Here’s why I think a designer or agency’s Pinterest page is a good place to check out when trying to get a sense of their style and design aesthetic / philosophy.

Categorized – When creating boards in Pinterest I try to cover all ways design is inspired. There are categories for retail (our specialty), product, graphic and interior design. Architecture is well represented with its own category as well as home related design and decor. Fashion lives in separate categories for women and men. Rounding out the core boards is one for “Color”, “Nature” and world travel. I also like to include the occasional specialty board like “Global Spice” that is a combination of all of the above, with a focus on eclectic, cultural design. Lastly there are boards for quotes, celebrity / historic photos and “Fun” to give potential clients a feel for how we think beyond design.

Curated – The selection of pins on their Pinterest board usually is a curated. Each pin is there for a reason. Over time the boards and pins will be refined. Personally I browse the internet, other Pinterest boards, and even my own photos. Anything that stands out gets pinned immediately. Then I’ll come back and add or subtract. I’ll also look at the captions and re-word them to state why we like the pin. Curated boards are alive – like a living species that is evolving over time.

Trends – It goes without saying Pinterest is a great source for trends. I don’t know if anyone has studied the site to see if it actually influences or creates trends, but my guess is at the very least some trends start to see the light of day there. Most trend setters – individuals and companies – have a page on the site so it gives us access to a vast array of design trends that we can browse. If I’m seeing the same types of things over and over again, I’ll create a board on our page or for internal purposes.

Design Network – The company your designer keeps is another good indicator of their design approach. Take a look at who your design professional follows, and who follows their boards. I just started our company boards (I’ve had my own personal Pinterest page for a year or two) and we already have a few followers. I’m always excited to see people and companies following our boards, who we hold in high aesthetic esteem. It’s also a great way to discover “pinners” who have a great sense of style that aren’t household names…yet.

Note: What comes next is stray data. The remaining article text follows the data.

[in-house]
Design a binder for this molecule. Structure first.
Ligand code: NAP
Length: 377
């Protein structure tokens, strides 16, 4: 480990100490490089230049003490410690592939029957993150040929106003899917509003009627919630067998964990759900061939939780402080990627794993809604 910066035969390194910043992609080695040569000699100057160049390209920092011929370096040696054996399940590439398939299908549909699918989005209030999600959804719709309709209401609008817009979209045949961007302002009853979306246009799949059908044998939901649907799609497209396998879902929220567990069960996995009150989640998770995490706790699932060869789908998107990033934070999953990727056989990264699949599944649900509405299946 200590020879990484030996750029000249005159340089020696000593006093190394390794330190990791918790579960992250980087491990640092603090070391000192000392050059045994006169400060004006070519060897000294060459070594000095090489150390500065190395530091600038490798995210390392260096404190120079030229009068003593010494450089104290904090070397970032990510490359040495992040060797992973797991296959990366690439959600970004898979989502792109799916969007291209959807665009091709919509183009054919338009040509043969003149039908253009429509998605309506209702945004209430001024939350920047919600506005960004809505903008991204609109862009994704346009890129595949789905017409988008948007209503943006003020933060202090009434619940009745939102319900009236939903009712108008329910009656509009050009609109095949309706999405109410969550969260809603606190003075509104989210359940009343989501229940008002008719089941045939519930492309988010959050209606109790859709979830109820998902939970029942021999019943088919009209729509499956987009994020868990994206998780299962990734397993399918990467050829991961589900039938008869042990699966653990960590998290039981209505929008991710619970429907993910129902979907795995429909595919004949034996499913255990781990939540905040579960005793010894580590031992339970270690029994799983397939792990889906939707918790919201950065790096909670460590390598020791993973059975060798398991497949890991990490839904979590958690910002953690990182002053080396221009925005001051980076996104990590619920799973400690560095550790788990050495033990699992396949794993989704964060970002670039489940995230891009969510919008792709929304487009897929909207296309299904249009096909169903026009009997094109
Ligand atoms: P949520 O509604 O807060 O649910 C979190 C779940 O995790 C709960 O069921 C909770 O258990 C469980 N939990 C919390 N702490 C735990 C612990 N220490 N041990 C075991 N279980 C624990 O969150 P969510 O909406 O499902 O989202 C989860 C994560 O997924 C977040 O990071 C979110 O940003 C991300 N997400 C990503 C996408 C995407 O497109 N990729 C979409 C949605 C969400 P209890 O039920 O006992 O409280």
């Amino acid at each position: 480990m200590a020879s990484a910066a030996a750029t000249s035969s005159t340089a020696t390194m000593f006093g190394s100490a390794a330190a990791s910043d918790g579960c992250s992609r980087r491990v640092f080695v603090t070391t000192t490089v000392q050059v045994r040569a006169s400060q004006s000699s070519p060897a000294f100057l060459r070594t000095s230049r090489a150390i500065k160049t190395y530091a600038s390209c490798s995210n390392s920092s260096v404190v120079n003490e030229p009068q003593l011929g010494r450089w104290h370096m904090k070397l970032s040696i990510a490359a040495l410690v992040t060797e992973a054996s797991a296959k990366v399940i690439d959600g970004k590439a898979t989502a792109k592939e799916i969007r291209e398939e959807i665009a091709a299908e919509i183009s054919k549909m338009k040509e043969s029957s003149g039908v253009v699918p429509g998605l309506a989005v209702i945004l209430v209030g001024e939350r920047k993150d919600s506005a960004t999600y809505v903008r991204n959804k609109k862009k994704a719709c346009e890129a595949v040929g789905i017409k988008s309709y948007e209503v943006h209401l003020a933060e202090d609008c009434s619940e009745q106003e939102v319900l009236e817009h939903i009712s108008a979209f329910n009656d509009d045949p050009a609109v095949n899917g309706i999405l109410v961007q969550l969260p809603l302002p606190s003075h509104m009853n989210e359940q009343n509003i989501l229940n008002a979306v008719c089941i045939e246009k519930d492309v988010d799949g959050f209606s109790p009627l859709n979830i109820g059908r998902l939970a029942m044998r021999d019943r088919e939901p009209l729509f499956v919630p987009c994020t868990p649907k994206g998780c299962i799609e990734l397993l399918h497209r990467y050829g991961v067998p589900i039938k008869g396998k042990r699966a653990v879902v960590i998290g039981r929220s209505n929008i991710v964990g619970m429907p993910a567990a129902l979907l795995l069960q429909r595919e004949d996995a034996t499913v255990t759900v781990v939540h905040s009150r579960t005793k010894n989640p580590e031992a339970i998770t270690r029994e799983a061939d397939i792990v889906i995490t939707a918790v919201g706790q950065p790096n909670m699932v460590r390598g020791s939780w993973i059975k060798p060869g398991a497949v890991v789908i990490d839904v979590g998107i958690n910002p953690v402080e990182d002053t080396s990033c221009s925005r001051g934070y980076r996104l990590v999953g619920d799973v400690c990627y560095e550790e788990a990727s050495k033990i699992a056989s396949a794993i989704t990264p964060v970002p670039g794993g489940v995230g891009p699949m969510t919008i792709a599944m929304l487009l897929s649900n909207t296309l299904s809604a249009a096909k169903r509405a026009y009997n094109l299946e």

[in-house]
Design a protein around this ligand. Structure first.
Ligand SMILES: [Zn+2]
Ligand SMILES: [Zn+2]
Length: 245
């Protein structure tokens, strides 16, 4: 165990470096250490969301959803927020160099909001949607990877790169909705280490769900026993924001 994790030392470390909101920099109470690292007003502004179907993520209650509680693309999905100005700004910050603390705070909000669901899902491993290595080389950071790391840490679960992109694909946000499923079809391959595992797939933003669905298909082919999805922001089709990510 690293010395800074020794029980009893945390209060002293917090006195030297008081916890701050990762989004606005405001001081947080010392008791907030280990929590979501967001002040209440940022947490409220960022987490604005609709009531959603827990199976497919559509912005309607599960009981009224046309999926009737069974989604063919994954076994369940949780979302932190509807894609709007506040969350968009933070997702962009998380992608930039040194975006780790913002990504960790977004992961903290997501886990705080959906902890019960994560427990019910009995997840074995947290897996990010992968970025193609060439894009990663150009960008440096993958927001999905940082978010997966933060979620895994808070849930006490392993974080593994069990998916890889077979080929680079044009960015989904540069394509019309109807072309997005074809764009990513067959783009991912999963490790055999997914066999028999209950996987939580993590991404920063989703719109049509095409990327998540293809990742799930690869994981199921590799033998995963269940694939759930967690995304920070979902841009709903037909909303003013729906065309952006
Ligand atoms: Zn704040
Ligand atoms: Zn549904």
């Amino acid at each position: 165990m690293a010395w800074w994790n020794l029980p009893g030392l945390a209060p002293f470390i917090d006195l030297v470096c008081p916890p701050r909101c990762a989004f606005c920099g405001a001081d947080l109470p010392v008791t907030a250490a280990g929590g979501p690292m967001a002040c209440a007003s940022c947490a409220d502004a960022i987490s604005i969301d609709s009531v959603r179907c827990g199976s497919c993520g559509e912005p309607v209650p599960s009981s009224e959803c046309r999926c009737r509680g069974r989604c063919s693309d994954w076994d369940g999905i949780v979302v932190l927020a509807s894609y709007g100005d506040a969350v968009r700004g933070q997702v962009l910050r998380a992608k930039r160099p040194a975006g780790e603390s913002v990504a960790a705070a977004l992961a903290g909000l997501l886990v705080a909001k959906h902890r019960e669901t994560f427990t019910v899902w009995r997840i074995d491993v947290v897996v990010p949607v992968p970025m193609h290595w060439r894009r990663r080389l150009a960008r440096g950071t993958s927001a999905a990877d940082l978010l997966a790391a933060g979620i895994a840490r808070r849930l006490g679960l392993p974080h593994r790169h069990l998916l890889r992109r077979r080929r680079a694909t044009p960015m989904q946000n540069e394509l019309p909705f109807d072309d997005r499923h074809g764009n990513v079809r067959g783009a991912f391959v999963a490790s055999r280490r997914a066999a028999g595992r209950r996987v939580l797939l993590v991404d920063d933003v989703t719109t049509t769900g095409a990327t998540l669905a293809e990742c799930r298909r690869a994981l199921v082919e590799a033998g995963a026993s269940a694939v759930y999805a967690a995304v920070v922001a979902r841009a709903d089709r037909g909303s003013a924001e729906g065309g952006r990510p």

Inspiration – Likely the most important point here, you get to see what inspires a design team. What images, quotes, ideas do they gravitate towards. Keep in mind, any design pro worth their consulting fee will arrive at a solution that is appropriate to you and the situation regardless of their personal taste. But I feel as a client you should be interested in what inspires the person or team that you’re entrusting your project to. Seeing that philosophy manifested in a fascinating series of image boards is an awesome reassurance.

With all of this in mind, spend some time exploring your design professional’s Pinterest site. I think you’ll find that you will get a good feel for their design sense. Design is subjective and there are a variety of ways to arrive at really great solutions. If all designers were the same the world would be a very boring place. Pinterest is a great tool to use during your design professional search. Do yourself a favor and go exploring.

Have you used Pinterest when evaluating companies and professionals? 

What else, beyond what I mentioned, do you like about Pinterest?

Share you thoughts in the comments below.

-Chris Weigand, President – Chris Weigand Design, LLC

Chris Weigand Design is a retail design consultancy specializing in helping product brands and independent retailers connect with guests at retail. We create visual merchandising, display, graphic and interior retail design solutions. We also can provide space planning, project management and sourcing services if needed. Check out our Pinterest page at to get a sense of our style and the latest trends we’re seeing. Contact us today if you’d like to discuss your project. We’d love to work with you.

Brand Meaning Is Evolving

Find your brand niche in the business ecosystem. RF photo via

Find your brand niche in the business ecosystem.
RF photo via

“Brand” must have more meaning now more than ever.

The word “brand” is ubiquitous these days. There are probably more articles on the topic on any given day than there are actual brands. Our consultancy throws the word around quite a bit too. I never did a count on our website or other media outlets but I’m sure the word is there dozens if not a hundred times. But what does it really mean?